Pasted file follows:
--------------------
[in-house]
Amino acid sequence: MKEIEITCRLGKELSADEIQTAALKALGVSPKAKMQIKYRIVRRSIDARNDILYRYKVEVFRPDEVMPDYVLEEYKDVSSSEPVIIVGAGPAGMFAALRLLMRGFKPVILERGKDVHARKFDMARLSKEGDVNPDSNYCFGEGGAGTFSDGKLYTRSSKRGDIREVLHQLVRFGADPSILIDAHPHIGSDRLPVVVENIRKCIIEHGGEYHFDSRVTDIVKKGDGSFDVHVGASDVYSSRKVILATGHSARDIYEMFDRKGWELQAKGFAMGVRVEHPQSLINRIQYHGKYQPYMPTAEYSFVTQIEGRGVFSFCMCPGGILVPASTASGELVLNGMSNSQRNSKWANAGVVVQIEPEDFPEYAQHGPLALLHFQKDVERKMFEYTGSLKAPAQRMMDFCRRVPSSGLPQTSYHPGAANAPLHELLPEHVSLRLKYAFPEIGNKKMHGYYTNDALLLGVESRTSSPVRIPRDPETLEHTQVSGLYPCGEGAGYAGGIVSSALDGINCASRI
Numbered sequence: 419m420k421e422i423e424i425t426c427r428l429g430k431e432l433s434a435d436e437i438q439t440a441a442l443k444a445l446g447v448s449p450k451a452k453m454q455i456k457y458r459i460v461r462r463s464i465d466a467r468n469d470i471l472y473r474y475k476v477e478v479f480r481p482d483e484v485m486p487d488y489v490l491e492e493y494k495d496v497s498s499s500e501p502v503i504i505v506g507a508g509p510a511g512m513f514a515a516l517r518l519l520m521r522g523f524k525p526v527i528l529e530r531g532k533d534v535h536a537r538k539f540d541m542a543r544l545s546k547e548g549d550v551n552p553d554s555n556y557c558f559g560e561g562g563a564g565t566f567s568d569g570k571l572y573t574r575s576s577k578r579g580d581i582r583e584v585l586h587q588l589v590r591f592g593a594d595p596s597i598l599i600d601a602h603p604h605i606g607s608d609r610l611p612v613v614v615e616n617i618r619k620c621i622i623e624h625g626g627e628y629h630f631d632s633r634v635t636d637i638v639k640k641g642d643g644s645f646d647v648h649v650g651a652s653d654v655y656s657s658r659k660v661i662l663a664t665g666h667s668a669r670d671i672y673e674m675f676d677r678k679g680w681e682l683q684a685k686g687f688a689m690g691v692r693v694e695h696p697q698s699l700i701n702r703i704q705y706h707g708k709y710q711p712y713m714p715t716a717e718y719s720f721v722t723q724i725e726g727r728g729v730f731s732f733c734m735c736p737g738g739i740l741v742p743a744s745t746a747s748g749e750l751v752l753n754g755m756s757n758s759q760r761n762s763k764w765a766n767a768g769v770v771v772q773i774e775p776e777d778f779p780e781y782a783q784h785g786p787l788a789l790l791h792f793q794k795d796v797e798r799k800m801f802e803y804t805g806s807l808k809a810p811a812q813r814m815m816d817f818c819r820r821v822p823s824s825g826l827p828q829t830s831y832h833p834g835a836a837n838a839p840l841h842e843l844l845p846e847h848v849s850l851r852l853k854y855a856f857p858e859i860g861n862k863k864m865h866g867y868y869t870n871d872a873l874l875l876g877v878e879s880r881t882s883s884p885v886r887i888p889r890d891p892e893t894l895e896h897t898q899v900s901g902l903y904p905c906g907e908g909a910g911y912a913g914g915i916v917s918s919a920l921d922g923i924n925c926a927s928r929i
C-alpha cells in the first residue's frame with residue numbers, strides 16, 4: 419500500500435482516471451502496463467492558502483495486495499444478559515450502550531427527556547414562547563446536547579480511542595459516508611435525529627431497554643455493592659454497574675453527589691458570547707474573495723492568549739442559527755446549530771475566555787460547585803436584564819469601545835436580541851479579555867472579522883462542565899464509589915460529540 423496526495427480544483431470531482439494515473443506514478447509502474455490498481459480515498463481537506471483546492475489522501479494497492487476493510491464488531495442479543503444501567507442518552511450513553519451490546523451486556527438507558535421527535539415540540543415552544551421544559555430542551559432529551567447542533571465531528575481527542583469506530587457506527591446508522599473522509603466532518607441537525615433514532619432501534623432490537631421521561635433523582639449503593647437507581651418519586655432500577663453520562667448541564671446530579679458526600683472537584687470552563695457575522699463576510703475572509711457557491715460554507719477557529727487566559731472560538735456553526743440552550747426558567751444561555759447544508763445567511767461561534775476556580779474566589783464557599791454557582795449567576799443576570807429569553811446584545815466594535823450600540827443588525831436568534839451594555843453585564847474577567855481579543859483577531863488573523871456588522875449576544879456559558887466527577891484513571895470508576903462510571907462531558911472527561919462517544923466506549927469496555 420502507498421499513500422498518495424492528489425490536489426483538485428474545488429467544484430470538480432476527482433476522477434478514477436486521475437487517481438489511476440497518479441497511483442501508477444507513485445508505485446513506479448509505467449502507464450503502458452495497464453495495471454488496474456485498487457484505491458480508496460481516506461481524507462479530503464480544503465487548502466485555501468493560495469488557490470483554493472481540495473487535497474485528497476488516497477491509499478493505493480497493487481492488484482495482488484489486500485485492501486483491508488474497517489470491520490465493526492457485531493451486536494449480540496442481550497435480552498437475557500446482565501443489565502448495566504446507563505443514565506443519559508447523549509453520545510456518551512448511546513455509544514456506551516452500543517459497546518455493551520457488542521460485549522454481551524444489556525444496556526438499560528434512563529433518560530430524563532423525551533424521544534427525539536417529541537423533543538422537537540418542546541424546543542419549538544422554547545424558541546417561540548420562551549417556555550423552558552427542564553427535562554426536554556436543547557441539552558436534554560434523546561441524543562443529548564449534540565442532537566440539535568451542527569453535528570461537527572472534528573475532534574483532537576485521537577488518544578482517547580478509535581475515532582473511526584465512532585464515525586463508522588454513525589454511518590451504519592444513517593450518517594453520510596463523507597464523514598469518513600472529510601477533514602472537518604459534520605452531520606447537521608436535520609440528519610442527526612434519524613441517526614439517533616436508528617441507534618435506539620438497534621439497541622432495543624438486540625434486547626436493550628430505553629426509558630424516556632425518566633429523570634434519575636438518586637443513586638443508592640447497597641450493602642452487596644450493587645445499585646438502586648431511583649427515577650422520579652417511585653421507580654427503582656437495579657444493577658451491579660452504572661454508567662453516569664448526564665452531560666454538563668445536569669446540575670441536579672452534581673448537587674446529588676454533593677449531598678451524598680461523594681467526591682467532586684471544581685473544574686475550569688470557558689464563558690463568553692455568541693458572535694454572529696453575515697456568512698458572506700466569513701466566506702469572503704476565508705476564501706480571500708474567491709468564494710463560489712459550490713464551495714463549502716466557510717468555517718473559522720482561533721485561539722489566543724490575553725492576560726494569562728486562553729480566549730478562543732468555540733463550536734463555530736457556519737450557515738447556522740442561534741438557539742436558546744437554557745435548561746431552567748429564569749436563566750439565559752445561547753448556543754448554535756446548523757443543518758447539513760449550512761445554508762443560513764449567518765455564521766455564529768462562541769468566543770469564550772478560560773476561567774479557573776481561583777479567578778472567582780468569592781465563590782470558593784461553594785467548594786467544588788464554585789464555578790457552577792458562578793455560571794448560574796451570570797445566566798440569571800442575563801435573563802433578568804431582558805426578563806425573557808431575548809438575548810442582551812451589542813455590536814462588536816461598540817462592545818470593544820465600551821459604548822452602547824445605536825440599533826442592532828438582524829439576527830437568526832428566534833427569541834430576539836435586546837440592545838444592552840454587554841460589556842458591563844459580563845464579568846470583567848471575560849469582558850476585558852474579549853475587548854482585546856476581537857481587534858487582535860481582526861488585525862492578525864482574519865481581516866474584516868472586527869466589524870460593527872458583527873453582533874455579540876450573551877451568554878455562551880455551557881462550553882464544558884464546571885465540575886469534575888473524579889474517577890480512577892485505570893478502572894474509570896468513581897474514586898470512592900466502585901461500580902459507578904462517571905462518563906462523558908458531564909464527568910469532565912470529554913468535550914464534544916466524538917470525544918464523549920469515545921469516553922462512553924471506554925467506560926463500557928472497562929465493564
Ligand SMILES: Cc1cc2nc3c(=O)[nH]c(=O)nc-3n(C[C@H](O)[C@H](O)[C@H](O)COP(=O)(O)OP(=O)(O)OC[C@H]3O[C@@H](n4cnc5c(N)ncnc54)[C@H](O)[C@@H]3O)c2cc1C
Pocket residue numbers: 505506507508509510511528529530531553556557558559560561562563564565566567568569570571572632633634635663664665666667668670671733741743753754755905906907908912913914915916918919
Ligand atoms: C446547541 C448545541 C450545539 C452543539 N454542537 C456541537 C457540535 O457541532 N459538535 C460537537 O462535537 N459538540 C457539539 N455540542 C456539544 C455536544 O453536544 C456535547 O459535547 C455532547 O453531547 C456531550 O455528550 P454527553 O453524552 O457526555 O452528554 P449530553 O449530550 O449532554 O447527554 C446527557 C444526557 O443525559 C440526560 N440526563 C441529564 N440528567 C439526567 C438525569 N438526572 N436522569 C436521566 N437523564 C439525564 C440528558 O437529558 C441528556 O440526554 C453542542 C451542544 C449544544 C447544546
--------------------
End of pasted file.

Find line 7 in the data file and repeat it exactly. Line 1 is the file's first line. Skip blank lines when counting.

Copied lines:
Ligand atoms: C446547541 C448545541 C450545539 C452543539 N454542537 C456541537 C457540535 O457541532 N459538535 C460537537 O462535537 N459538540 C457539539 N455540542 C456539544 C455536544 O453536544 C456535547 O459535547 C455532547 O453531547 C456531550 O455528550 P454527553 O453524552 O457526555 O452528554 P449530553 O449530550 O449532554 O447527554 C446527557 C444526557 O443525559 C440526560 N440526563 C441529564 N440528567 C439526567 C438525569 N438526572 N436522569 C436521566 N437523564 C439525564 C440528558 O437529558 C441528556 O440526554 C453542542 C451542544 C449544544 C447544546